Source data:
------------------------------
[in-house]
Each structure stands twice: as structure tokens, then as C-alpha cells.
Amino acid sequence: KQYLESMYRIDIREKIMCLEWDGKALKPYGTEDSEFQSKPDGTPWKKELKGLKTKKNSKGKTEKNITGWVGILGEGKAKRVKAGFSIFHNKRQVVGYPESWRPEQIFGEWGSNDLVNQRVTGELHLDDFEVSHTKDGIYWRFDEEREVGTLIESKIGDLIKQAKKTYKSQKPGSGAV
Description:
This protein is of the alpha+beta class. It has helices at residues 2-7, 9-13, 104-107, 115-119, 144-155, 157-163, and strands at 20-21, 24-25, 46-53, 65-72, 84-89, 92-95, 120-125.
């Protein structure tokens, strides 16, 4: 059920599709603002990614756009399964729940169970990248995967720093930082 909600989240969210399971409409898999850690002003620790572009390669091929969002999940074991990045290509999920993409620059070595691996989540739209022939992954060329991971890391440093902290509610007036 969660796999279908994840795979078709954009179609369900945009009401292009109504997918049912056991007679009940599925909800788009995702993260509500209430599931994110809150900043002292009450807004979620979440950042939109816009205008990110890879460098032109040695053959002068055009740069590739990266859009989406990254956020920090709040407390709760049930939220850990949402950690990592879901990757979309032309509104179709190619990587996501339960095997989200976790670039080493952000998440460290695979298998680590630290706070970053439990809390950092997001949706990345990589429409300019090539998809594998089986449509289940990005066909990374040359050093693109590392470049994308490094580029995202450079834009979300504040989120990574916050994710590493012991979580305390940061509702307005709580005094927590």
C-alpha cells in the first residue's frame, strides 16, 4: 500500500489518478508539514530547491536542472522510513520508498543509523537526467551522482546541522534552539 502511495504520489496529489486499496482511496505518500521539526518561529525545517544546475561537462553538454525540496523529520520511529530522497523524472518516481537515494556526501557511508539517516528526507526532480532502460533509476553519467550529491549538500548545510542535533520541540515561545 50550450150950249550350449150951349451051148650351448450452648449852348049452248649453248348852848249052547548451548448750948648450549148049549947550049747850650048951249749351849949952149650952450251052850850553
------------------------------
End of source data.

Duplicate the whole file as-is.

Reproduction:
[in-house]
Each structure stands twice: as structure tokens, then as C-alpha cells.
Amino acid sequence: KQYLESMYRIDIREKIMCLEWDGKALKPYGTEDSEFQSKPDGTPWKKELKGLKTKKNSKGKTEKNITGWVGILGEGKAKRVKAGFSIFHNKRQVVGYPESWRPEQIFGEWGSNDLVNQRVTGELHLDDFEVSHTKDGIYWRFDEEREVGTLIESKIGDLIKQAKKTYKSQKPGSGAV
Description:
This protein is of the alpha+beta class. It has helices at residues 2-7, 9-13, 104-107, 115-119, 144-155, 157-163, and strands at 20-21, 24-25, 46-53, 65-72, 84-89, 92-95, 120-125.
């Protein structure tokens, strides 16, 4: 059920599709603002990614756009399964729940169970990248995967720093930082 909600989240969210399971409409898999850690002003620790572009390669091929969002999940074991990045290509999920993409620059070595691996989540739209022939992954060329991971890391440093902290509610007036 969660796999279908994840795979078709954009179609369900945009009401292009109504997918049912056991007679009940599925909800788009995702993260509500209430599931994110809150900043002292009450807004979620979440950042939109816009205008990110890879460098032109040695053959002068055009740069590739990266859009989406990254956020920090709040407390709760049930939220850990949402950690990592879901990757979309032309509104179709190619990587996501339960095997989200976790670039080493952000998440460290695979298998680590630290706070970053439990809390950092997001949706990345990589429409300019090539998809594998089986449509289940990005066909990374040359050093693109590392470049994308490094580029995202450079834009979300504040989120990574916050994710590493012991979580305390940061509702307005709580005094927590």
C-alpha cells in the first residue's frame, strides 16, 4: 500500500489518478508539514530547491536542472522510513520508498543509523537526467551522482546541522534552539 502511495504520489496529489486499496482511496505518500521539526518561529525545517544546475561537462553538454525540496523529520520511529530522497523524472518516481537515494556526501557511508539517516528526507526532480532502460533509476553519467550529491549538500548545510542535533520541540515561545 50550450150950249550350449150951349451051148650351448450452648449852348049452248649453248348852848249052547548451548448750948648450549148049549947550049747850650048951249749351849949952149650952450251052850850553